Using the NAG Library with the Absoft Fortran Compiler on Windows 32-bit Systems

Introduction

The NAG Fortran Library is very popular and users from many different backgrounds request that it be made available to them on their favourite system and using their favourite compiler. Many software vendors adopt a very hard-line and restrict their implementations to cover only a subset of the many possible. This is understandable, for to fully test a product can take a considerable investment of time and effort. Luckily on Microsoft Windows the advent of DLLs, or sharable libraries, makes it possible to exhaustively test one library implementation which may then satisfy many different calling environments.

Prior to Mark 23 of the NAG Fortran Library we described how our libraries might be used in conjunction with the Absoft Fortran compiler. Please see the Post Release Note and Users' Note if you have an old version of the Absoft Fortran compiler.

Now, with the availability of Absoft 11.5 and the extra facilities it offers, we draw attention to the relative ease with which our Windows 32 Libraries may be called from this compiler and provide examples and interface blocks to make these practical propositions for anyone with this compiler.

Dynamic Link Libraries (DLLs)

A dynamic link library consists of code that is executed at runtime but which is not fully encapsulated into the program executable. It is a 'sharable library' as defined in Unix for example.

However the position is complicated because there are differing types of DLLs. On the 32-bit Windows platform we offer FLDLL234ML as a DLL implementation. This is the only type of DLL that may be used with Visual Basic and Excel on 32-bit systems and uses a 'calling convention' called STDCALL. A calling convention is just an understanding between the library and the calling program about which of them takes responsibility for tidying up the stack when a routine has finished executing.

For historical reasons, because the original compiler we used to form a 32-bit DLL was Digital Visual Fortran a further convention was adopted for the DLL. This concerned the 'hidden' information associated with character arguments. Many compilers and systems effectively pass this information at the very end of all of the regular arguments. The Digital Fortran compiler passed the length of the character argument immediately after the argument in question. This is often termed the CVF calling convention. (This reflects the direct lineage Digital Visual Fortran -> Compaq Visual Fortran -> Intel Visual Fortran and embraces the STDCALL convention plus the hidden length requirement.)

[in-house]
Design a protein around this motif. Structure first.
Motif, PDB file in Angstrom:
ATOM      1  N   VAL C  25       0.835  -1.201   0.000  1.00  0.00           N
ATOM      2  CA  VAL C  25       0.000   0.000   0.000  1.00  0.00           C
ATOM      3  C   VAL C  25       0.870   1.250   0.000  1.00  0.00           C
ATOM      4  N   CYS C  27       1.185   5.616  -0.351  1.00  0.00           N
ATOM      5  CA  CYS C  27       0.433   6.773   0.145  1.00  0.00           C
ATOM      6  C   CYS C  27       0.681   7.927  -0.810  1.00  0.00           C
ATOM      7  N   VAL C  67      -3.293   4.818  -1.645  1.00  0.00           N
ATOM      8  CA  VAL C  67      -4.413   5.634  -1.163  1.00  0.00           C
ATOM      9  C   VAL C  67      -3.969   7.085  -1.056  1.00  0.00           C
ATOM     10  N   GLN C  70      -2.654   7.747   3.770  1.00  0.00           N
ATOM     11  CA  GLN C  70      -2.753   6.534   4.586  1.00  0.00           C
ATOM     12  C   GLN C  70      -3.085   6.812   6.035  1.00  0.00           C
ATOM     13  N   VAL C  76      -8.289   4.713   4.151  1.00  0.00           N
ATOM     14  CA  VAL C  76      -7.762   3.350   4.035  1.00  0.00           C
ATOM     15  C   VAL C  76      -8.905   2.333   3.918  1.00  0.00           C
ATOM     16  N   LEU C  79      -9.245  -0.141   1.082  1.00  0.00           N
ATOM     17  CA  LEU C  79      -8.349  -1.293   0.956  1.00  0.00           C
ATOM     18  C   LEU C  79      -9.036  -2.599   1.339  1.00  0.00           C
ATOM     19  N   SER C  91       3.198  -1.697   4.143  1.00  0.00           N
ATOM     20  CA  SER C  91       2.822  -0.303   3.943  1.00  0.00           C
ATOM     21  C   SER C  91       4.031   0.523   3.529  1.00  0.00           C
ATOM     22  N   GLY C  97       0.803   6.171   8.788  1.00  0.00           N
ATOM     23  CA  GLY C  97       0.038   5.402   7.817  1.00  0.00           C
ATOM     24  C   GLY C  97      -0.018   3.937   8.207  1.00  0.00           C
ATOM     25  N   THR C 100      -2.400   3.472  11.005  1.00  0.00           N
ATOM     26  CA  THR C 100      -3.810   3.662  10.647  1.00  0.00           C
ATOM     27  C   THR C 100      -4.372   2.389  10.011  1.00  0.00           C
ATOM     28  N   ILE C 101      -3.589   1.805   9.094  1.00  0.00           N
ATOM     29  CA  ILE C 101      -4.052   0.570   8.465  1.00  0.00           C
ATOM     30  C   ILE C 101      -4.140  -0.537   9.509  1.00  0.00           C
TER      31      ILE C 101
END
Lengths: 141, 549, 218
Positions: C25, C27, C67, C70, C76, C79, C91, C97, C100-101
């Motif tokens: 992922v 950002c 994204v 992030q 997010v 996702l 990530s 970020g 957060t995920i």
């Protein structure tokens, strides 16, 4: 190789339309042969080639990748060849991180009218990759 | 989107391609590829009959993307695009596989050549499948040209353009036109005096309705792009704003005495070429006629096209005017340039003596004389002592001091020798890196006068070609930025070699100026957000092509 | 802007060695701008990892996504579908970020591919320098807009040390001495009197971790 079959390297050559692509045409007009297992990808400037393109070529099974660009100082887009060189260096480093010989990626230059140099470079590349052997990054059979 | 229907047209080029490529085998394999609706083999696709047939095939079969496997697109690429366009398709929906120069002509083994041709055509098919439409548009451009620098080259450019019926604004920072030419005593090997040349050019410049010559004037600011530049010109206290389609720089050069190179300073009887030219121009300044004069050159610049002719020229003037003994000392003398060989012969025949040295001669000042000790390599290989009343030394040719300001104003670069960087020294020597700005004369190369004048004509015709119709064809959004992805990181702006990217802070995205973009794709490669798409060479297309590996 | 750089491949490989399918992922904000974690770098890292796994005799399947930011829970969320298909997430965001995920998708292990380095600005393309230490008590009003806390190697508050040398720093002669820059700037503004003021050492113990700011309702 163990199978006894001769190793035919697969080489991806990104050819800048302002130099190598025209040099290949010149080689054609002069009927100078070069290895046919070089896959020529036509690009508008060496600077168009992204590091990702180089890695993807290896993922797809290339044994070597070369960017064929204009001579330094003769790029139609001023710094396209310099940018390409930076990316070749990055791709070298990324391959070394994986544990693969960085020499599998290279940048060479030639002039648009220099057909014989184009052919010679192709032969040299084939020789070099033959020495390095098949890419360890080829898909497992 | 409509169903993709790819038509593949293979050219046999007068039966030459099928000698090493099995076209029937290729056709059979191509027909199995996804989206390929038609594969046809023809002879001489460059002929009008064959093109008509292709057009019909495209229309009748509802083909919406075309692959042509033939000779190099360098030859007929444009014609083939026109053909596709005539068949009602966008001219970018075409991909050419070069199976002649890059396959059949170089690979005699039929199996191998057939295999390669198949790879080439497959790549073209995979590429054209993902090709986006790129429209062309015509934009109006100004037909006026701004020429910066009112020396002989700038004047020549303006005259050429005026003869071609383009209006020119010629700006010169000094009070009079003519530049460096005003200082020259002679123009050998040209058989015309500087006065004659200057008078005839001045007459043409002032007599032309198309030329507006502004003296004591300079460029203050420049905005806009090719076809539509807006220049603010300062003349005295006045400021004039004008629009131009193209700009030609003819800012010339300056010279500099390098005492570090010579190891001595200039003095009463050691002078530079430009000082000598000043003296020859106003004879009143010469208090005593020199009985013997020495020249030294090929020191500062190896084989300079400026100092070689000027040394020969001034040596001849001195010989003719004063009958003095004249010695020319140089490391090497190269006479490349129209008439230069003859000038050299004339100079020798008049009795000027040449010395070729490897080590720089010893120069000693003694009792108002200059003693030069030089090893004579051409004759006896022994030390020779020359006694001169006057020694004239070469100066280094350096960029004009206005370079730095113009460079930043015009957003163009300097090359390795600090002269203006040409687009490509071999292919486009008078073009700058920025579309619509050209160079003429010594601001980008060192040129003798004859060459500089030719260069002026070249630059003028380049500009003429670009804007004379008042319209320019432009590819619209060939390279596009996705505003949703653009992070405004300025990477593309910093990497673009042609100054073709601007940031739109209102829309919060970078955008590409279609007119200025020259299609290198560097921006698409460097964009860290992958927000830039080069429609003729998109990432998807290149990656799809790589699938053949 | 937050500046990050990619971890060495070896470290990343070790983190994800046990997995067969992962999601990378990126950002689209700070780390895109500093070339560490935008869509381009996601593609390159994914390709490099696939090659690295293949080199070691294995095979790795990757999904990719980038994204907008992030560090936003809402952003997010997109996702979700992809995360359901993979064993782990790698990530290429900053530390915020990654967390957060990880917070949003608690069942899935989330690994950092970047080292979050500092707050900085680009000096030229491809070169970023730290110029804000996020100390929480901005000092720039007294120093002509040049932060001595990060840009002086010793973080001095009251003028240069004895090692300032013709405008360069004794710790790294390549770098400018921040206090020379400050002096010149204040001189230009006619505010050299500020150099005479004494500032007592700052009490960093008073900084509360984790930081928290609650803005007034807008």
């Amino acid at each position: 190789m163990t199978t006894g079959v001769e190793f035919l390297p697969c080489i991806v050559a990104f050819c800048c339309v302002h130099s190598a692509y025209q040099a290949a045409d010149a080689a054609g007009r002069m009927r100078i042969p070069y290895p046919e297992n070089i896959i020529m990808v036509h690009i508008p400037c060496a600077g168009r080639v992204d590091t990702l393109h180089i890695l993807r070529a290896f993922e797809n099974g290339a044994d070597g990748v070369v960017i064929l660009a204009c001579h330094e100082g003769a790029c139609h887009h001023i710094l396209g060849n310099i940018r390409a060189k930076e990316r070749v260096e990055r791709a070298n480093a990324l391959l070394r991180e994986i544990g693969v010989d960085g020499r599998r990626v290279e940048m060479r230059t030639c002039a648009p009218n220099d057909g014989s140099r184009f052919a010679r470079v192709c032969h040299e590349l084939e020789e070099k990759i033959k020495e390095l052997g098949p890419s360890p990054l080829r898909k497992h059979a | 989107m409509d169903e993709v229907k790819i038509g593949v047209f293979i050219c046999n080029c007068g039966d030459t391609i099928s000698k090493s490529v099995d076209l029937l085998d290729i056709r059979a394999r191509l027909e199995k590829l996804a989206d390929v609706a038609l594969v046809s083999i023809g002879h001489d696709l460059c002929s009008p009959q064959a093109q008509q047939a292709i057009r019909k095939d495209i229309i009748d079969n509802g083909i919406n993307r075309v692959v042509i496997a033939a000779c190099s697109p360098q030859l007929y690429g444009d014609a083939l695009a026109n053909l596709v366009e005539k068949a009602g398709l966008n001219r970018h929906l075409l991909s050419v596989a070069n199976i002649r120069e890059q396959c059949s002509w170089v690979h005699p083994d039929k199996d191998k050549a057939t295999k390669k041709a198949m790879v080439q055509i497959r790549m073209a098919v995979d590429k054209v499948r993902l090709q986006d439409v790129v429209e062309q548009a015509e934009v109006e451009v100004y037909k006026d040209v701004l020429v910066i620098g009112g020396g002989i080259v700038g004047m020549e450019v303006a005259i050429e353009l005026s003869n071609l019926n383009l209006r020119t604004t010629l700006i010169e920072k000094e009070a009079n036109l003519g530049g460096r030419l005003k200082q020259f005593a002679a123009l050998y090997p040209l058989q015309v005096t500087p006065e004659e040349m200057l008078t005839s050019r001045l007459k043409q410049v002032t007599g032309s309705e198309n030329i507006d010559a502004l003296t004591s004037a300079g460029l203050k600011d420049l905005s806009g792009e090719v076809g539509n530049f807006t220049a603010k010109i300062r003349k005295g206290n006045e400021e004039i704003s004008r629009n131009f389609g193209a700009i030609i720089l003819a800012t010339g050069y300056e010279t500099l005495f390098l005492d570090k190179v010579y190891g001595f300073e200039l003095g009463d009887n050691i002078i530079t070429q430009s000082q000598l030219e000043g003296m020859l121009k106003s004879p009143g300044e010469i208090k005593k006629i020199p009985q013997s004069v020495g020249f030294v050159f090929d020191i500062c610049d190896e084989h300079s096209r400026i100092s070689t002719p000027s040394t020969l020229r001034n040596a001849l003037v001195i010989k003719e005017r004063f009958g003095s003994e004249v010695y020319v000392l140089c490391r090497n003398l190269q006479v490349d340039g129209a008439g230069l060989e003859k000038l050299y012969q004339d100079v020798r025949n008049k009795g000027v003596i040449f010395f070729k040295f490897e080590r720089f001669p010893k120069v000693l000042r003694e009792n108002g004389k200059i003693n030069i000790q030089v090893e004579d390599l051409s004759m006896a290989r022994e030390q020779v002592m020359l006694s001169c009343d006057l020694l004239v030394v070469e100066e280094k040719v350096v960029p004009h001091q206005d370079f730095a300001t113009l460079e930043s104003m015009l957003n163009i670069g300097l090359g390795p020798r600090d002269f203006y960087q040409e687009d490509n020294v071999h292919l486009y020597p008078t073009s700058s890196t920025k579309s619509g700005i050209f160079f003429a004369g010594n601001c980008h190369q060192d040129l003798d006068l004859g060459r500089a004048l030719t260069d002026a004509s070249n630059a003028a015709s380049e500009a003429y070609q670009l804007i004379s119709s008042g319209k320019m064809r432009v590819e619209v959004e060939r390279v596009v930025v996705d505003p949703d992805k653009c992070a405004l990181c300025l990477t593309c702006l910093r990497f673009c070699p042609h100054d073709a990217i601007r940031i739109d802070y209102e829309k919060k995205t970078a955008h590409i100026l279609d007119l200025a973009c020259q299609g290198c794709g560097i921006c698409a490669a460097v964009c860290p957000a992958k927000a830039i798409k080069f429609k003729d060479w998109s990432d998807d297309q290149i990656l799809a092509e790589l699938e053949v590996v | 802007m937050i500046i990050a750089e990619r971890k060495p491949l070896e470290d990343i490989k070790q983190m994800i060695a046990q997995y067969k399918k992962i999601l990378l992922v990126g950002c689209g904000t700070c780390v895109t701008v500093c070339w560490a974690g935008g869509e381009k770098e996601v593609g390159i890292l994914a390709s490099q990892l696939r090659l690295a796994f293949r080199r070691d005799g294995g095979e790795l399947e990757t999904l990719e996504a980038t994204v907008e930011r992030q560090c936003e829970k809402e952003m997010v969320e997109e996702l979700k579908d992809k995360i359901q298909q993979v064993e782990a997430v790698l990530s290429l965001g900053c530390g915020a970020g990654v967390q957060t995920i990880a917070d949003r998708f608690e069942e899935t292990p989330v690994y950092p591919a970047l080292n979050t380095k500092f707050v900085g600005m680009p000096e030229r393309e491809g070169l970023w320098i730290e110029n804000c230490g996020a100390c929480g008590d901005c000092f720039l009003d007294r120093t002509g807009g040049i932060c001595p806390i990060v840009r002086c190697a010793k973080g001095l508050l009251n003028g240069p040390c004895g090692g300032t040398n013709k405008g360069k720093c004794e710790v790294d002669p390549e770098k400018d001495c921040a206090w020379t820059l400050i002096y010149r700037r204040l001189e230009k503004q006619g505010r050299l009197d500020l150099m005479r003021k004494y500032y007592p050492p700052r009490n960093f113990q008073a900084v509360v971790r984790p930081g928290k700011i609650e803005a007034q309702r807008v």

Absoft Fortran

Prior to Mark 22 we described how to use our traditional DLL libraries with this compiler. The procedure worked well, but was a trifle inconvenient in order to match the CVF calling convention employed.

We distributed a file with Mark 21 illustrating the requisite changes.

At Mark 22 we had begun to distribute a different kind of DLL with our static library implementation FLW3222DCL. This is a sharable library too but one that uses a calling convention that is better for the Absoft compiler - this link provides the details.

Mark 23

At Mark 23 we produced corresponding products FLDLL234ML and FLW3223DCL. Again both may be called from the latest Absoft Fortran compiler but, thanks to extensions to the facilities offered by this compiler, FLW3223DCL does not have the marked advantage over FLDLL234ML that would have been exhibited by an older version of the compiler.

At Mark 23 our example programs have shifted away from a Fortran 77-like form to use more modern Fortran. In particular interface blocks are now used. Our examples illustrate the usage with both styles of programs. We also provide interface blocks that have been modified to work with FLDLL234ML and the Absoft compiler by inserting the required STDCALL instructions.

Using FLDLL234ML

From a modern Fortran90 style calling program

The required compile and link command is:

f95 -YVF_CHAR -YEXT_NAMES=UCS -YEXT_SFX="" program.f90 fldll234m_nag.lib

where program.f90 is a Fortran program calling a NAG routine. It might be d01ajfe.f90 for example.

The -YVF_CHAR flag tells the compiler to use the CVF character convention and the -YEXT_NAMES=UCS -YEXT_SFX="" flag adjusts the name mangling so that the appropriate routines may be identified and used from within the DLL.